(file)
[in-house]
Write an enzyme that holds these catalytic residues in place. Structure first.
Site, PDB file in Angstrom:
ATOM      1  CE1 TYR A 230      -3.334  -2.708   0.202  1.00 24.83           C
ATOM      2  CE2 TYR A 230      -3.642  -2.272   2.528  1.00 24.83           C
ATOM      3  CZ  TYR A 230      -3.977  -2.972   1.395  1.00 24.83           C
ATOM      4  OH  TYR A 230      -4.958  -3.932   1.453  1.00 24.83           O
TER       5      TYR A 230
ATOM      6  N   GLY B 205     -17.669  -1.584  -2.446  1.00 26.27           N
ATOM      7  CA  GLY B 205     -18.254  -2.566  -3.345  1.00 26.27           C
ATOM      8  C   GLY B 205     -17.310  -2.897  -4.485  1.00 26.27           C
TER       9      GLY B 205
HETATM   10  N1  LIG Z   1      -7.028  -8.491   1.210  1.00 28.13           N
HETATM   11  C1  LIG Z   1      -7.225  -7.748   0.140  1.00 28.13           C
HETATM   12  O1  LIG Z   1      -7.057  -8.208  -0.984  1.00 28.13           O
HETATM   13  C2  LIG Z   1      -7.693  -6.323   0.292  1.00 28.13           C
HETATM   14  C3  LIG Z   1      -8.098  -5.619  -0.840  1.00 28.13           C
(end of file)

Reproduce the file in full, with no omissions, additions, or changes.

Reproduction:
[in-house]
Write an enzyme that holds these catalytic residues in place. Structure first.
Site, PDB file in Angstrom:
ATOM      1  CE1 TYR A 230      -3.334  -2.708   0.202  1.00 24.83           C
ATOM      2  CE2 TYR A 230      -3.642  -2.272   2.528  1.00 24.83           C
ATOM      3  CZ  TYR A 230      -3.977  -2.972   1.395  1.00 24.83           C
ATOM      4  OH  TYR A 230      -4.958  -3.932   1.453  1.00 24.83           O
TER       5      TYR A 230
ATOM      6  N   GLY B 205     -17.669  -1.584  -2.446  1.00 26.27           N
ATOM      7  CA  GLY B 205     -18.254  -2.566  -3.345  1.00 26.27           C
ATOM      8  C   GLY B 205     -17.310  -2.897  -4.485  1.00 26.27           C
TER       9      GLY B 205
HETATM   10  N1  LIG Z   1      -7.028  -8.491   1.210  1.00 28.13           N
HETATM   11  C1  LIG Z   1      -7.225  -7.748   0.140  1.00 28.13           C
HETATM   12  O1  LIG Z   1      -7.057  -8.208  -0.984  1.00 28.13           O
HETATM   13  C2  LIG Z   1      -7.693  -6.323   0.292  1.00 28.13           C
HETATM   14  C3  LIG Z   1      -8.098  -5.619  -0.840  1.00 28.13           C